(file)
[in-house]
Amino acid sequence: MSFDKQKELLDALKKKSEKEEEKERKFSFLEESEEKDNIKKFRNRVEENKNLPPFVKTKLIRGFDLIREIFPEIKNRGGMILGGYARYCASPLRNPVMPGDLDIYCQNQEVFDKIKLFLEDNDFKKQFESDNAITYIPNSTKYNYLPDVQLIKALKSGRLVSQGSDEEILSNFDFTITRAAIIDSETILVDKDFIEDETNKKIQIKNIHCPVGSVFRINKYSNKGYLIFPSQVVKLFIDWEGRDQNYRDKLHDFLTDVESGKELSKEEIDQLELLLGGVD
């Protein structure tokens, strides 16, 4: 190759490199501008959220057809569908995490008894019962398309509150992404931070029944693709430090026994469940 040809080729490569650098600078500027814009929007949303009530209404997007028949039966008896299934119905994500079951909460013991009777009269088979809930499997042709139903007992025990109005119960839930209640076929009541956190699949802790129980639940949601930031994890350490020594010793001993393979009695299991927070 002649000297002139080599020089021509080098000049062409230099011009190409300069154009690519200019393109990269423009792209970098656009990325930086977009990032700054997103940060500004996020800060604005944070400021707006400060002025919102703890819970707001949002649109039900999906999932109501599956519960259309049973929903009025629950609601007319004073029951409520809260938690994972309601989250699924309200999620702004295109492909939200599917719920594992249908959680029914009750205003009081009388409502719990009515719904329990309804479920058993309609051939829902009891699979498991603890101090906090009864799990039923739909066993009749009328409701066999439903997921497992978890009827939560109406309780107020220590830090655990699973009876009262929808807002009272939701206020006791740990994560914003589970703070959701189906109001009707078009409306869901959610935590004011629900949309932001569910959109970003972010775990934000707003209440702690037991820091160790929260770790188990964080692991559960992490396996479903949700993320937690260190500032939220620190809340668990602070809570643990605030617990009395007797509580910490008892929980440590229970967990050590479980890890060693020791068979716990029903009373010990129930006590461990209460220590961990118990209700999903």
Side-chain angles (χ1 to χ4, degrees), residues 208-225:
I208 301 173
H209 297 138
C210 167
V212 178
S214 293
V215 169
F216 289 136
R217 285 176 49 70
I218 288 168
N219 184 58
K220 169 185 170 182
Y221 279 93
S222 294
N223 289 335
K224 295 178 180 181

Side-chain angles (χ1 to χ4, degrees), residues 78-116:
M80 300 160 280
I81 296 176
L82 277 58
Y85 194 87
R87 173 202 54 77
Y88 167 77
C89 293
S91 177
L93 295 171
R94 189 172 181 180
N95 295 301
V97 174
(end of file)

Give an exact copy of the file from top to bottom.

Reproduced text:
[in-house]
Amino acid sequence: MSFDKQKELLDALKKKSEKEEEKERKFSFLEESEEKDNIKKFRNRVEENKNLPPFVKTKLIRGFDLIREIFPEIKNRGGMILGGYARYCASPLRNPVMPGDLDIYCQNQEVFDKIKLFLEDNDFKKQFESDNAITYIPNSTKYNYLPDVQLIKALKSGRLVSQGSDEEILSNFDFTITRAAIIDSETILVDKDFIEDETNKKIQIKNIHCPVGSVFRINKYSNKGYLIFPSQVVKLFIDWEGRDQNYRDKLHDFLTDVESGKELSKEEIDQLELLLGGVD
């Protein structure tokens, strides 16, 4: 190759490199501008959220057809569908995490008894019962398309509150992404931070029944693709430090026994469940 040809080729490569650098600078500027814009929007949303009530209404997007028949039966008896299934119905994500079951909460013991009777009269088979809930499997042709139903007992025990109005119960839930209640076929009541956190699949802790129980639940949601930031994890350490020594010793001993393979009695299991927070 002649000297002139080599020089021509080098000049062409230099011009190409300069154009690519200019393109990269423009792209970098656009990325930086977009990032700054997103940060500004996020800060604005944070400021707006400060002025919102703890819970707001949002649109039900999906999932109501599956519960259309049973929903009025629950609601007319004073029951409520809260938690994972309601989250699924309200999620702004295109492909939200599917719920594992249908959680029914009750205003009081009388409502719990009515719904329990309804479920058993309609051939829902009891699979498991603890101090906090009864799990039923739909066993009749009328409701066999439903997921497992978890009827939560109406309780107020220590830090655990699973009876009262929808807002009272939701206020006791740990994560914003589970703070959701189906109001009707078009409306869901959610935590004011629900949309932001569910959109970003972010775990934000707003209440702690037991820091160790929260770790188990964080692991559960992490396996479903949700993320937690260190500032939220620190809340668990602070809570643990605030617990009395007797509580910490008892929980440590229970967990050590479980890890060693020791068979716990029903009373010990129930006590461990209460220590961990118990209700999903």
Side-chain angles (χ1 to χ4, degrees), residues 208-225:
I208 301 173
H209 297 138
C210 167
V212 178
S214 293
V215 169
F216 289 136
R217 285 176 49 70
I218 288 168
N219 184 58
K220 169 185 170 182
Y221 279 93
S222 294
N223 289 335
K224 295 178 180 181

Side-chain angles (χ1 to χ4, degrees), residues 78-116:
M80 300 160 280
I81 296 176
L82 277 58
Y85 194 87
R87 173 202 54 77
Y88 167 77
C89 293
S91 177
L93 295 171
R94 189 172 181 180
N95 295 301
V97 174